I've never before seen this mark, but I strongly suspect
it is an earlier mark of the same William DeHart listed here at:http://www.925-1000.com/americanMod_1.html
The Albuquerque, New Mexico directory for 1953 lists - "Silversmith Studio" of Wm. R DeHart jr..
William Dehart also has brief mention as being on the faculty at the Memphis Academy of Art and the New York Society of Craftsman newsletter for April 1953 contained the following notice;
Bill DeHart is to be in Charge of a nine weeks' special seminar in silver-smithing at the Cleveland Institute of Art
Notice for a 1959 Brooklyn Museum show of the American Colonial silversmith Elias Pelletreau included this text;
The purpose of this exhibition is to show the work of Elias Pelletreau in relation to major trends in 18th-century design. As a preface to the show, silversmithing technique is explained with the aid of a group of bowls by a contemporary silversmith, William De Hart, and a drawing of a silversmith’s shop done for Diderot’s Encyclopedia In 1763.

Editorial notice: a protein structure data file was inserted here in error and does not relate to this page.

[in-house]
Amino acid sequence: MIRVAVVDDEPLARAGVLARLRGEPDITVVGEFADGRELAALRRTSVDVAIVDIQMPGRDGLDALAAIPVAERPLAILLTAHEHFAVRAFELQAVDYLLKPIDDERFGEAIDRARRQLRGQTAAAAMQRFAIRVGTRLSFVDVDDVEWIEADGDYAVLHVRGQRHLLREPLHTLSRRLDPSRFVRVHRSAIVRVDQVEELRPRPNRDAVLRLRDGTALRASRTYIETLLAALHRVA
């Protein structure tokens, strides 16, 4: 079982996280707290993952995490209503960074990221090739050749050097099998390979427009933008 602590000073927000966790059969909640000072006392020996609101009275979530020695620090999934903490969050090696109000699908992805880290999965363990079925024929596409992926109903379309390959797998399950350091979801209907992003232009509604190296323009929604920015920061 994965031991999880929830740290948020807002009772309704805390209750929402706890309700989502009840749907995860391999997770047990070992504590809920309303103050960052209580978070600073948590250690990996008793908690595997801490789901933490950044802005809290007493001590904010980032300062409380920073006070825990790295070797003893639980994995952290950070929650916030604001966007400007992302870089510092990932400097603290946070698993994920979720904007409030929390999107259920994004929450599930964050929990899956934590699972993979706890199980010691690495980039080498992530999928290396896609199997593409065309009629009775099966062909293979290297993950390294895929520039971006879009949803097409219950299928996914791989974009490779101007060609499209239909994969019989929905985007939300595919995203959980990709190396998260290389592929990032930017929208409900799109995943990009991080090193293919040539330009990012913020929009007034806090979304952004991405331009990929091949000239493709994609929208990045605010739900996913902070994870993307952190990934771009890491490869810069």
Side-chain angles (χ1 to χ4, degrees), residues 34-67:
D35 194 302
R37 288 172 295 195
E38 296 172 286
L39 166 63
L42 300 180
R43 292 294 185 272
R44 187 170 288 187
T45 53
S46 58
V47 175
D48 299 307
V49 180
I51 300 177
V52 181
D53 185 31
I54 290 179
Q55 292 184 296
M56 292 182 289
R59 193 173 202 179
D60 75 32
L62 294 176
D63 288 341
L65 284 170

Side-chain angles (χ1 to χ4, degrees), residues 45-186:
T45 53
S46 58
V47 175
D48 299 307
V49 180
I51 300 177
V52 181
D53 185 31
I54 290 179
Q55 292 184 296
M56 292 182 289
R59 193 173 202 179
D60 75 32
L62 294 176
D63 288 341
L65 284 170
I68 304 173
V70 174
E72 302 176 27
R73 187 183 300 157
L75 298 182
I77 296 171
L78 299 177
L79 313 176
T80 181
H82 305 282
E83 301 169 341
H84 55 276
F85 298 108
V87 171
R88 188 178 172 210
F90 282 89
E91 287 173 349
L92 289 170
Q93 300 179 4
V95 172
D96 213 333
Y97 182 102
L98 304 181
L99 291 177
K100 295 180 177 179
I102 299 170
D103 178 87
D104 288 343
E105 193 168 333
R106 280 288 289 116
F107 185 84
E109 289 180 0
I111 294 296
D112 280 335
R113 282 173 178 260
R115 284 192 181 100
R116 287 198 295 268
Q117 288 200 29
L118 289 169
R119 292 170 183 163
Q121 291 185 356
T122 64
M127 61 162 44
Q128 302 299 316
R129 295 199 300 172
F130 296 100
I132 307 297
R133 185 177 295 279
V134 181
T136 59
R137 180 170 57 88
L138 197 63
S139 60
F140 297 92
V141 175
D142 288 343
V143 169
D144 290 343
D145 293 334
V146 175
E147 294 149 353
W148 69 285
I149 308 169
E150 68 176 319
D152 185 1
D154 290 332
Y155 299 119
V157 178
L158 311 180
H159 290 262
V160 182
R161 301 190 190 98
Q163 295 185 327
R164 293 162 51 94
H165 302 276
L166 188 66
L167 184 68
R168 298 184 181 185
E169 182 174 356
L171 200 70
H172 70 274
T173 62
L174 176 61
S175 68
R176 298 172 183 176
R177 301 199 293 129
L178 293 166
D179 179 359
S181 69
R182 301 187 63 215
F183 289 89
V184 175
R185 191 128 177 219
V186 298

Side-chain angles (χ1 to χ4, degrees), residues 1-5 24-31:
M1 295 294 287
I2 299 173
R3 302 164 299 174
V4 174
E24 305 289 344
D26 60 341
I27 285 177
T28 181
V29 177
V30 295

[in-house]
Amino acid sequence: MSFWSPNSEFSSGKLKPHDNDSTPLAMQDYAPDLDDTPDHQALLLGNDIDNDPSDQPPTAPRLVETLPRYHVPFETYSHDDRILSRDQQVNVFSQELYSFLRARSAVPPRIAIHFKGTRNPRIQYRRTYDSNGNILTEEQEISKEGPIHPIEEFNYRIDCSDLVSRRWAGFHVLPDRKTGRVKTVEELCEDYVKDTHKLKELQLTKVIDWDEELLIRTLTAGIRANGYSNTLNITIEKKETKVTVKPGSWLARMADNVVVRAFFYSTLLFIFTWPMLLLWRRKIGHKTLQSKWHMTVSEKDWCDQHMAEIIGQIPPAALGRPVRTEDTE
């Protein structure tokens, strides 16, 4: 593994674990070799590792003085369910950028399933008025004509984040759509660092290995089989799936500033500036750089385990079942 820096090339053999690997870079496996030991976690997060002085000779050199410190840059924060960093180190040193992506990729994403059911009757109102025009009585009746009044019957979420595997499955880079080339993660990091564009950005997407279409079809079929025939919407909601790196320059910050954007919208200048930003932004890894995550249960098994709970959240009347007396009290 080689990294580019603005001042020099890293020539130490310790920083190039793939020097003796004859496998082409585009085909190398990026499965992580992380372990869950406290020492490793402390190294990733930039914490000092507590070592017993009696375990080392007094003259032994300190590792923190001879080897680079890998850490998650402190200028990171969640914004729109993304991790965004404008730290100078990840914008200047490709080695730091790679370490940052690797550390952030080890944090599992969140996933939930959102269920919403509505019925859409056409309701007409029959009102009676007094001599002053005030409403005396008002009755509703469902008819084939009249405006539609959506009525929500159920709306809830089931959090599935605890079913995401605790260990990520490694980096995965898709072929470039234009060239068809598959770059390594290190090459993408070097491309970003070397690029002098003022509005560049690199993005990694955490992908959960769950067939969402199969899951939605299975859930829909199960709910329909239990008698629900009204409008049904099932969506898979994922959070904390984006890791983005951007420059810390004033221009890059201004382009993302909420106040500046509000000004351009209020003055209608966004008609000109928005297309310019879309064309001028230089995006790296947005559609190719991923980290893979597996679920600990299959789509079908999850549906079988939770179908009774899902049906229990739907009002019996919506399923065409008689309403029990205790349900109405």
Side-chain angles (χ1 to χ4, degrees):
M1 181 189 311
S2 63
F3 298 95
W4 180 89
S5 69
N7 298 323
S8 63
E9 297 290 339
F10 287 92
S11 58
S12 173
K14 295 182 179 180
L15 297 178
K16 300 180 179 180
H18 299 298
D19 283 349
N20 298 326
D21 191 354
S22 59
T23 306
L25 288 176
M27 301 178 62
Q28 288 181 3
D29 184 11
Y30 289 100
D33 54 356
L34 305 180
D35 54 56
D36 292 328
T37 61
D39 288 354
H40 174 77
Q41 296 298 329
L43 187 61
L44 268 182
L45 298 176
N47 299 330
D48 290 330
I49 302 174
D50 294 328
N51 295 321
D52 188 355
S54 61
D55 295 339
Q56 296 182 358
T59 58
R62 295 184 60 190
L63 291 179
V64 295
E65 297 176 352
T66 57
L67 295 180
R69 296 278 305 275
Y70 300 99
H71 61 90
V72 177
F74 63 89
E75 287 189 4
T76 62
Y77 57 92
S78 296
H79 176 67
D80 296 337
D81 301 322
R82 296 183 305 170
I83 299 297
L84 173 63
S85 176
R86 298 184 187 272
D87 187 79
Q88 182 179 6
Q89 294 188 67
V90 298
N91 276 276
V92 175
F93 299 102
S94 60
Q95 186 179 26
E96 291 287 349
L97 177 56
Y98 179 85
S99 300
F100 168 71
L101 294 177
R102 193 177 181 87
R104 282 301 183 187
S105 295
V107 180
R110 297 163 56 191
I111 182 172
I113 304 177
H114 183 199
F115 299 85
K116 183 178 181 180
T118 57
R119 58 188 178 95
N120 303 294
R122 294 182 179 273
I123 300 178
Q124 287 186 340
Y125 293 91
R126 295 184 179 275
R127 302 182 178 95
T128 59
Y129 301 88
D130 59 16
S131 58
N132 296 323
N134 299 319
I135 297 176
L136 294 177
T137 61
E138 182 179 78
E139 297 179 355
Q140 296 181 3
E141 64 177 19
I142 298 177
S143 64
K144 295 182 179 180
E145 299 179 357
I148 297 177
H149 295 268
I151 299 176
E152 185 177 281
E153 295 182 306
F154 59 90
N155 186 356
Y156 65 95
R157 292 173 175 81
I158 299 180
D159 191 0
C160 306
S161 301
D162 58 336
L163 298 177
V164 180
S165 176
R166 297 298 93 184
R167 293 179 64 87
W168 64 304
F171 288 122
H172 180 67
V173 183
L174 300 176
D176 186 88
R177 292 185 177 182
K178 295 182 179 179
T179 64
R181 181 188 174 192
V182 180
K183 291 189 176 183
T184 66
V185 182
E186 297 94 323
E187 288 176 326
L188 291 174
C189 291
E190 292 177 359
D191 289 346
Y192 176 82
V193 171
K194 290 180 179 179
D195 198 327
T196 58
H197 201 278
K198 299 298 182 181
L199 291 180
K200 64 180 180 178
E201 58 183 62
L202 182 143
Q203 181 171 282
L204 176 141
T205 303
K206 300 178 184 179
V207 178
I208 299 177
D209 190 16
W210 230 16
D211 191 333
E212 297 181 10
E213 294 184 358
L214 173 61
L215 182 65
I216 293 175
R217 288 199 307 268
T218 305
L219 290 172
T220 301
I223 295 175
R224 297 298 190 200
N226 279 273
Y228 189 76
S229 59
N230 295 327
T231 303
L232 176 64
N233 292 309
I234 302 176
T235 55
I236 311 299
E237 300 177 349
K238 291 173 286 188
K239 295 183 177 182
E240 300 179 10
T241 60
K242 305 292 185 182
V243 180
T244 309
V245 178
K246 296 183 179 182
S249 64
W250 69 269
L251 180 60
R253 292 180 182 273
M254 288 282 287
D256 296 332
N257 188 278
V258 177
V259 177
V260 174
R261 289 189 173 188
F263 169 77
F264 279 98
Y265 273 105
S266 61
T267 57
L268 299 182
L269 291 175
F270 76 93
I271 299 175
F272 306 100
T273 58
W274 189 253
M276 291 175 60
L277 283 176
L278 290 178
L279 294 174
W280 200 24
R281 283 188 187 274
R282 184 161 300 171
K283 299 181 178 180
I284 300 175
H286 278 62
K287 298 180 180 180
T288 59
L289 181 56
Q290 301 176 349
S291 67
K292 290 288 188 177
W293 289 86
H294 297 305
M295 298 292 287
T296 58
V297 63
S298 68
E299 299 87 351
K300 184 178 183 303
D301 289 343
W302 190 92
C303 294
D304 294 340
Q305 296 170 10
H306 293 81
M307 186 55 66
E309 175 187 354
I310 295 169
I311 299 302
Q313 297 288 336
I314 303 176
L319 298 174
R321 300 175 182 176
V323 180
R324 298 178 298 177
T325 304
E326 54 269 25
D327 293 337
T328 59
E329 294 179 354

Sometime during the early 1950s, DeHart became director of design for Towle Silversmiths and is credited with responsibility for bringing about their finest modern design lines and also for bringing the modernist jeweler Earl Pardon on board as a designer for Towle.
Although all of his so far known work is in the modernist/contemporary vein, it is conceivable that as a teacher, Dehart would have had call to recreate pieces of Colonial form such as your porringer.